According to the Mead Project, the physiological basis of behavior is the response to a stimuli effected by the body's muscles or glands. These effects are triggered by nervous impulses that are passed along the neurons from the receptor that first received the stimulus.
Physiological causes for behaviors generally involve the nervous system in some way. Most psychologists agree that, in physical terms, responses to external stimuli are created by receptors sending information to the brain and central nervous system, which then send return signals to the glands and muscles with instructions that are based on both automatic and learned responses.
This means that, in a well-ordered system, certain behavioral responses are generally predictable, such as pulling away from an extremely hot surface or shivering when cold. This also applies to emotional stimuli received from the environment such as displays of affection from the people around you or the threat of violence.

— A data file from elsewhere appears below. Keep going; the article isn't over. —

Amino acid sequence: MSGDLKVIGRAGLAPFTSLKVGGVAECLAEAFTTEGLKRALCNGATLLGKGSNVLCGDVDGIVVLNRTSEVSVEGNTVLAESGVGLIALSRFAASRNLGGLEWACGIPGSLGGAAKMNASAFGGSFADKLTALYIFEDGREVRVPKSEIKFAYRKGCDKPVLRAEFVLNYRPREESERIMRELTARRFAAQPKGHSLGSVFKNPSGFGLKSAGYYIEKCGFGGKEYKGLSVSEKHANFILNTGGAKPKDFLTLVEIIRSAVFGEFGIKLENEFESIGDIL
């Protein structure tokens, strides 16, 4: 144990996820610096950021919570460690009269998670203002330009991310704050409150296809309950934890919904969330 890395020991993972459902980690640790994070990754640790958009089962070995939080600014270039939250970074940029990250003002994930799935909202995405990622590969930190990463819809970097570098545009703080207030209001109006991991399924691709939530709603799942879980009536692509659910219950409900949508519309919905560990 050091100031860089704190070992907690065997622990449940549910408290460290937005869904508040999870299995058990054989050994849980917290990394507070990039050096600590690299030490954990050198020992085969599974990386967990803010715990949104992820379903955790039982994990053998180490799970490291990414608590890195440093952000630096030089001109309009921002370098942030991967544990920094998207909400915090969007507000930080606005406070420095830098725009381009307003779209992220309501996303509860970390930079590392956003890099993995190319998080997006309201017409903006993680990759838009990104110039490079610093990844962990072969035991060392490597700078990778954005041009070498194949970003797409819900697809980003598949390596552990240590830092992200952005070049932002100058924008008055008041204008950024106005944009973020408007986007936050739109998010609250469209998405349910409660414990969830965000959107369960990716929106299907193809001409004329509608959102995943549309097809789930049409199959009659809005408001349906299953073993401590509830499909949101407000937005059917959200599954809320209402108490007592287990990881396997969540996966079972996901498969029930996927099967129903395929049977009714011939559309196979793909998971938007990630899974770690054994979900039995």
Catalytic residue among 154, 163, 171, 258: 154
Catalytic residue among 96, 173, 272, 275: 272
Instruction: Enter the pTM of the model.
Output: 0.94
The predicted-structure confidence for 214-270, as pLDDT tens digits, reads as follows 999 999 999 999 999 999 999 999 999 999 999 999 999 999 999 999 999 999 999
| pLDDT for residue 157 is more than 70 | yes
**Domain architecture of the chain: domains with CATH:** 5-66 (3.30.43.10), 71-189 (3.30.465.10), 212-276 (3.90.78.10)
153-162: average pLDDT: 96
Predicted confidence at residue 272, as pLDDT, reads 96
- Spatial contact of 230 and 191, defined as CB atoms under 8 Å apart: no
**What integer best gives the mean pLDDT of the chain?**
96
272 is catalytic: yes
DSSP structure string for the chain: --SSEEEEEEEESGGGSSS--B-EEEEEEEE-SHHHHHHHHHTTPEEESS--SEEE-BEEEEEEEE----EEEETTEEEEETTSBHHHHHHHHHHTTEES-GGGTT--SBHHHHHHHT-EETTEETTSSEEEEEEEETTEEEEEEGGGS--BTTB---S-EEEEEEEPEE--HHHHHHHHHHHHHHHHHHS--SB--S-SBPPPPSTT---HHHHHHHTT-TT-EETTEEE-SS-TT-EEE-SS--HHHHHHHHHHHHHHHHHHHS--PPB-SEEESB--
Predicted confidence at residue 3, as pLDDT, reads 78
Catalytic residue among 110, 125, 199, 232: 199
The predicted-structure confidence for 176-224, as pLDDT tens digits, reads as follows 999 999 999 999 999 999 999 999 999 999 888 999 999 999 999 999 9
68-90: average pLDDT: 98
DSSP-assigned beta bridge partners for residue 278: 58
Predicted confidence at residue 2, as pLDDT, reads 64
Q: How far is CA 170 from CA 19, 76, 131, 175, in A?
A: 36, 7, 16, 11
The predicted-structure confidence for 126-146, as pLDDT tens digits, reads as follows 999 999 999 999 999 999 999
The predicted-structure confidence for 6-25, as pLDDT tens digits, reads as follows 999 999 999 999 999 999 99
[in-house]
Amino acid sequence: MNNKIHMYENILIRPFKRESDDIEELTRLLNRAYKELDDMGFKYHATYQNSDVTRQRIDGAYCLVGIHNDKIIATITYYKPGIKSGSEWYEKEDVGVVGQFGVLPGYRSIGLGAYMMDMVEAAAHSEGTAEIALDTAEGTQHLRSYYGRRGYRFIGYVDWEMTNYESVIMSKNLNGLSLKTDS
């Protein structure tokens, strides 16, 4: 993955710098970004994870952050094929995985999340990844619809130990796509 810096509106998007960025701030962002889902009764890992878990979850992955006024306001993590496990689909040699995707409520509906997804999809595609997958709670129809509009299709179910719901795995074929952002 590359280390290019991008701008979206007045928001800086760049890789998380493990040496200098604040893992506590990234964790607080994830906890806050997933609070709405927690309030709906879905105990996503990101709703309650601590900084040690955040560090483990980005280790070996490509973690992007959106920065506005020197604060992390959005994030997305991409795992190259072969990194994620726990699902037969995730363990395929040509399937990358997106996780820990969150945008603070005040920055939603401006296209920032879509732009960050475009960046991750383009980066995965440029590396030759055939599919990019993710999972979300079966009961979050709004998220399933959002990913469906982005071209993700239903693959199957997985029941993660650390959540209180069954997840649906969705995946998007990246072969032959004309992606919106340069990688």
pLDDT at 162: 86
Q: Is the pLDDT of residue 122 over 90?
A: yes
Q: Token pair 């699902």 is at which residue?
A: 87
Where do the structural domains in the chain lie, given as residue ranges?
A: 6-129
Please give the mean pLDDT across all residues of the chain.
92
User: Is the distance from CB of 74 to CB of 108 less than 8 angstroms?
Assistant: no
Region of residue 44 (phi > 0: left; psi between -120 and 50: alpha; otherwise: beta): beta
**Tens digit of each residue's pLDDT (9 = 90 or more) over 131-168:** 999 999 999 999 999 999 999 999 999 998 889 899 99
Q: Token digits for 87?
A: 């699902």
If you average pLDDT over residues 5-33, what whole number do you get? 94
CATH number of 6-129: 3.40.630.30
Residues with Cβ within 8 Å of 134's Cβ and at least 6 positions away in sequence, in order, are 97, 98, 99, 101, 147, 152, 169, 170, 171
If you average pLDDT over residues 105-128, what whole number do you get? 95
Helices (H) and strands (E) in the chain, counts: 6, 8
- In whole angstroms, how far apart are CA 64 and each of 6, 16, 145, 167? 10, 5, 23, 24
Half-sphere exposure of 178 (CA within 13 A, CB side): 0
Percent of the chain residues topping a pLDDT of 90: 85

However, because the system relies on two-way communication between neurons that need to fire in the correct sequence, conditions and chemicals that inhibit these signals can interfere with this process. Wikipedia explains that behaviors that are unexpected can therefore be symptoms of other problems within the body, in particular with the various chemical neurotransmitters that facilitate signal transmission between neurons.